Markings on Tire Sidewall
tires

Jan 11, 2022

What Do the Numbers and Letters on Your Tire's Sidewall Mean?

 

What do the numbers and letters on the sidewall of your tire mean? These numbers may be intimidating at first glance, but we’ve put together a simple guide to help you know what these numbers and symbols mean, and how you can use them to care for or even purchase new tires. These numbers and letters will help you know what the tire size, load index, speed rating, Department of Transportation (DOT) serial number, and so much more are.

Tire Sidewall Guide

Tire Size

The biggest set of numbers on your tire sidewall make up your tire size. Using tire size P205/65R15 from the image above as an example, let's learn how to read your tire size.

P - The letter at the beginning of the tire size is the tire type. Depending on the type of vehicle you drive, you will need a tire that accommodates it’s needs. In this example, the “P” in this tire size stands for Passenger. It could also read “LT” for light truck, which means the tires are designed for a heavier vehicle like an SUV or pickup truck.

205 - The next set of three numbers make up the width of the tire sidewall. The width is the measurement from sidewall to sidewall in millimeters. The width of this tire would be 205 millimeters.

65 - After the slash in the tire size is the aspect ration. This number represents the percentage ration between the sidewall height and the width of the tire. For this tire size, the 65 means that the sidewall height is 65% of the 205mm tread width.

R - Following the aspect ration is the tire's construction type. In this example, the "R" means it's a radial construction. Although "R" is the most common, there is also "B" for belted bias and "D" for diagonal bias construction.

15 - The last set of number in the tire size represent what size rim or wheel, measured in inches, the tire will need. In this case, the tire will need a 15-inch wheel or rim.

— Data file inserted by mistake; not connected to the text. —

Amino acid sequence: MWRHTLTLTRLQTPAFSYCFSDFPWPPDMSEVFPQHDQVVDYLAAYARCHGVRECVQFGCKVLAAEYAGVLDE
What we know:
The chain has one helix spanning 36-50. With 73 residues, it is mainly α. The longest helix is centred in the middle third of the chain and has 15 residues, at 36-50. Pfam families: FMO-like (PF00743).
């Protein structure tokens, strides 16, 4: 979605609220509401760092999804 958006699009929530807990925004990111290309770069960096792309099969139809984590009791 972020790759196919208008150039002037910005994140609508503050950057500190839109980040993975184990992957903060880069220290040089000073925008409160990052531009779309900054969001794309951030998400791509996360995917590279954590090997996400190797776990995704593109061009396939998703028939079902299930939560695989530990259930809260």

Load Index and Speed Rating

Following the tire size, you will see a set of numbers followed by a letter. Let's use 94 H as an example from our graph shown above. The first set of 2-3 numbers are the load index followed by a letter indicating the speed rating. In this case, the load index is 94 and the speed rating is H.

The load index indicated what the maximum weight that the tire can support is when it has been inflated. The speed rating indicates the maximum speed capability or limit at which the tire was designed to perform at.

 

U.S. Department of Transportation (DOT) Serial Number

All tires that are sold in the U.S. must have the U.S. Department of Transportation (DOT) serval numbers printed on each and every tire. This indicated that the tire has passed all minimum standards to be sold in the U.S. It's important to know how to access and read these numbers to refer to in the event of a tire recall or to know how hold your tires are.

There are several components that make up a DOT serial number. Let's break it down using the example from the image above; DOT 1234 5678 5212.

DOT - The initial DOT acknowledges the tire has passed the U.S. DOT minimum standards for a tire sold in the U.S.

12 - The first two numbers in the DOT serial number represents the company who manufactured the tire, like Continental Tire or Goodyear.

34 -  Th next two numbers represent the production plant or factory the tires were made in.

5678 - These numbers represent specific bran or tread characteristics, or tire type that are determined by the manufacturer. These identifiers are optional.

5212 - The last 4 numbers of the DOT serial number are the date codes. The first two numbers indicate the week of the year your tire was produced in and the lat two represent the year, starting at 2000. In this example, the tire was produced in the 52nd week of the year (December) in the year 2012.

Prior to 2000, three numbers are used for the date; the first two numbers indicate the week, and the last number identifies the year. Tires manufactured in the 90s, a decade symbol (a triangle on it's side) is located at the end of the DOT serial number.

 

M+S and the Three Peak Mountain with Snowflake Symbol

When the letters "M+S" appear on your tire's sidewall, this indicates that the tire is an all-weather tire designed for muddy or light snow conditions. When the three peak mountain snowflake (shown below) is also listed, this indicated the tire classified as a winter tire by the I.S. DOT. Winter tires may also have added an "E" to the code to indicate extreme winter weather. It can be seen listed as "M+SE".

Sever Snow Condition Symbol

 

Also listed on your tire sidewall:

 

Still need help reading your tire's sidewall? Sullivan Tire and Auto Service experts are here to help! Please feel free to contact us my phone, email, or live chat with us on our website today. We're always here to get you there.